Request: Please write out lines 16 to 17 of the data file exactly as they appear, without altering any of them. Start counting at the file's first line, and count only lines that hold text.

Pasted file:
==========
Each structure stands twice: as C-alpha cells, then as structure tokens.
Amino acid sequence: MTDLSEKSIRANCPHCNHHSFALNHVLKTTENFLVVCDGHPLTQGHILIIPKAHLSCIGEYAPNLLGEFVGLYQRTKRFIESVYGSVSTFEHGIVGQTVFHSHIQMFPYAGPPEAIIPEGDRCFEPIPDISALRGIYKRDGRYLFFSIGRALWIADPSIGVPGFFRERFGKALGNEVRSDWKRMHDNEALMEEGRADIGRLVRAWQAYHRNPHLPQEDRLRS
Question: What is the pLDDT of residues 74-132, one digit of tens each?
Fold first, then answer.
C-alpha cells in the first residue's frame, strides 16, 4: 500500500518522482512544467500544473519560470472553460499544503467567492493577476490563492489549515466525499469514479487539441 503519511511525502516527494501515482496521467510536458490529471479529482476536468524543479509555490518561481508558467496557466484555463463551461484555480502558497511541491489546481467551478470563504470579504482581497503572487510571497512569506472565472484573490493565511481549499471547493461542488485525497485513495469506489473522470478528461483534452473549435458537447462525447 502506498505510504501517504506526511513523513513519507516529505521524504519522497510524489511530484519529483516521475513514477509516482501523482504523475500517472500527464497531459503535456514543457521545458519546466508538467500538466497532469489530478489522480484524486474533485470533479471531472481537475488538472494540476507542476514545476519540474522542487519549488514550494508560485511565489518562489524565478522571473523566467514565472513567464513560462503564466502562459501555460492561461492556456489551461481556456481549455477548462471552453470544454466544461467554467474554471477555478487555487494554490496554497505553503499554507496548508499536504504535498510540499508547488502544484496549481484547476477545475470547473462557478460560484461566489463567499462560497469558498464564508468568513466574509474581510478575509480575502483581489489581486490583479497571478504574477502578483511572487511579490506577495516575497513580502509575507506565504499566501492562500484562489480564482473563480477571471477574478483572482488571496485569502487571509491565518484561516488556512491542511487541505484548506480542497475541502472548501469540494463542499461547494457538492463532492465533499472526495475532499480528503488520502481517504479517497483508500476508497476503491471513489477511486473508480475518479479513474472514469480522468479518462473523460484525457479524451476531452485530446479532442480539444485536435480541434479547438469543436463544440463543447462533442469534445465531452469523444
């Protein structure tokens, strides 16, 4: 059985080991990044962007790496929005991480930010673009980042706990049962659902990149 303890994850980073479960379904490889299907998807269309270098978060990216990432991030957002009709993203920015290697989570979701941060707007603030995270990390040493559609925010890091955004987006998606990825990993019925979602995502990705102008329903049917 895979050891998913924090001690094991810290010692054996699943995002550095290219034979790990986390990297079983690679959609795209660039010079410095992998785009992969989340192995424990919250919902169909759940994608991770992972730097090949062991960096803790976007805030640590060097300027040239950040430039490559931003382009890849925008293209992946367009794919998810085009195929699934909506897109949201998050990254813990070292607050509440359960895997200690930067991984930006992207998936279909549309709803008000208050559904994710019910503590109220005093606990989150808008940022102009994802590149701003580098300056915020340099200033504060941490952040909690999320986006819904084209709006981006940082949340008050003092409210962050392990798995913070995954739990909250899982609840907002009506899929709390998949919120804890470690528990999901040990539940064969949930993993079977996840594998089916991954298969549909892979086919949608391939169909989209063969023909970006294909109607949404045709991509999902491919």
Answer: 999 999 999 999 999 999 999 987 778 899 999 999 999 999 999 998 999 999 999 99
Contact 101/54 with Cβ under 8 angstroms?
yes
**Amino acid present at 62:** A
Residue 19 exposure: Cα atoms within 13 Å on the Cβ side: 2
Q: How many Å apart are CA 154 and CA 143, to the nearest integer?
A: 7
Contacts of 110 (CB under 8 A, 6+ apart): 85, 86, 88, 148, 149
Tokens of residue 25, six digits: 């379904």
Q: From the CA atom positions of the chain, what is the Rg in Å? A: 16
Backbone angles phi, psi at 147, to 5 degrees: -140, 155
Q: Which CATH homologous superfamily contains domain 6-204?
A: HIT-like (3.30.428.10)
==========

Q: From the CA atom positions of the chain, what is the Rg in Å? A: 16
Backbone angles phi, psi at 147, to 5 degrees: -140, 155